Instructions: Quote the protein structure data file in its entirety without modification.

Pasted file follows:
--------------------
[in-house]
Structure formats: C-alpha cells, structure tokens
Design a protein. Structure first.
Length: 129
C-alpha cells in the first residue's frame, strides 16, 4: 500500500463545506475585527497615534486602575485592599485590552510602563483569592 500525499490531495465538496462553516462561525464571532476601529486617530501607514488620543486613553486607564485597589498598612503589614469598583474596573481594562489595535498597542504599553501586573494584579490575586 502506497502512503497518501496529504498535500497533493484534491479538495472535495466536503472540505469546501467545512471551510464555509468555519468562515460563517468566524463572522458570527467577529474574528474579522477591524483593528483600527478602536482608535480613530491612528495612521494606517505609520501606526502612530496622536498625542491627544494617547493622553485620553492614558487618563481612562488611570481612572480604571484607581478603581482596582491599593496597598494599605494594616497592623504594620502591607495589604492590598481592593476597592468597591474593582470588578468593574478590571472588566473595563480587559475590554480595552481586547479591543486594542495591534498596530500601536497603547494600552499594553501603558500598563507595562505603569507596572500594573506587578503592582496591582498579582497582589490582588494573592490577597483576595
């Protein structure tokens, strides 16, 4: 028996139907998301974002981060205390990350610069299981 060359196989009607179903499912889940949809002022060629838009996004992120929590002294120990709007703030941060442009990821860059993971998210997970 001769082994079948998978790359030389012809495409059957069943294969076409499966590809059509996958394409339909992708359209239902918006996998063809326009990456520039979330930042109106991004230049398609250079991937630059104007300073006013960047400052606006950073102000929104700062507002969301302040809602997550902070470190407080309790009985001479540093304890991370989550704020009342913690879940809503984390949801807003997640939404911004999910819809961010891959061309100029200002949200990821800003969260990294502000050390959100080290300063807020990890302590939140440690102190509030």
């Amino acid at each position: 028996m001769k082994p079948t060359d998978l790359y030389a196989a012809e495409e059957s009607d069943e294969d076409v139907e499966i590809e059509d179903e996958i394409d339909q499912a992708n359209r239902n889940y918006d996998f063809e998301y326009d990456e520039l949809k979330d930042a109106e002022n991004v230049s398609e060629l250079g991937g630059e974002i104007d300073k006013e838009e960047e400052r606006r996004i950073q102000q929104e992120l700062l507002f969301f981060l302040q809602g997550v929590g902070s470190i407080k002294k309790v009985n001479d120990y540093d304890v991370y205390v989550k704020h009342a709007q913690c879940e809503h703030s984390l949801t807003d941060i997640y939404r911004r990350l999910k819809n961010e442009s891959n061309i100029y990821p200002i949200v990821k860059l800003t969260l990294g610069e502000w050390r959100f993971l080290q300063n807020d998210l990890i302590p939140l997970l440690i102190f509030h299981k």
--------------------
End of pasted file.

[in-house]
Structure formats: C-alpha cells, structure tokens
Design a protein. Structure first.
Length: 129
C-alpha cells in the first residue's frame, strides 16, 4: 500500500463545506475585527497615534486602575485592599485590552510602563483569592 500525499490531495465538496462553516462561525464571532476601529486617530501607514488620543486613553486607564485597589498598612503589614469598583474596573481594562489595535498597542504599553501586573494584579490575586 502506497502512503497518501496529504498535500497533493484534491479538495472535495466536503472540505469546501467545512471551510464555509468555519468562515460563517468566524463572522458570527467577529474574528474579522477591524483593528483600527478602536482608535480613530491612528495612521494606517505609520501606526502612530496622536498625542491627544494617547493622553485620553492614558487618563481612562488611570481612572480604571484607581478603581482596582491599593496597598494599605494594616497592623504594620502591607495589604492590598481592593476597592468597591474593582470588578468593574478590571472588566473595563480587559475590554480595552481586547479591543486594542495591534498596530500601536497603547494600552499594553501603558500598563507595562505603569507596572500594573506587578503592582496591582498579582497582589490582588494573592490577597483576595
């Protein structure tokens, strides 16, 4: 028996139907998301974002981060205390990350610069299981 060359196989009607179903499912889940949809002022060629838009996004992120929590002294120990709007703030941060442009990821860059993971998210997970 001769082994079948998978790359030389012809495409059957069943294969076409499966590809059509996958394409339909992708359209239902918006996998063809326009990456520039979330930042109106991004230049398609250079991937630059104007300073006013960047400052606006950073102000929104700062507002969301302040809602997550902070470190407080309790009985001479540093304890991370989550704020009342913690879940809503984390949801807003997640939404911004999910819809961010891959061309100029200002949200990821800003969260990294502000050390959100080290300063807020990890302590939140440690102190509030």
């Amino acid at each position: 028996m001769k082994p079948t060359d998978l790359y030389a196989a012809e495409e059957s009607d069943e294969d076409v139907e499966i590809e059509d179903e996958i394409d339909q499912a992708n359209r239902n889940y918006d996998f063809e998301y326009d990456e520039l949809k979330d930042a109106e002022n991004v230049s398609e060629l250079g991937g630059e974002i104007d300073k006013e838009e960047e400052r606006r996004i950073q102000q929104e992120l700062l507002f969301f981060l302040q809602g997550v929590g902070s470190i407080k002294k309790v009985n001479d120990y540093d304890v991370y205390v989550k704020h009342a709007q913690c879940e809503h703030s984390l949801t807003d941060i997640y939404r911004r990350l999910k819809n961010e442009s891959n061309i100029y990821p200002i949200v990821k860059l800003t969260l990294g610069e502000w050390r959100f993971l080290q300063n807020d998210l990890i302590p939140l997970l440690i102190f509030h299981k």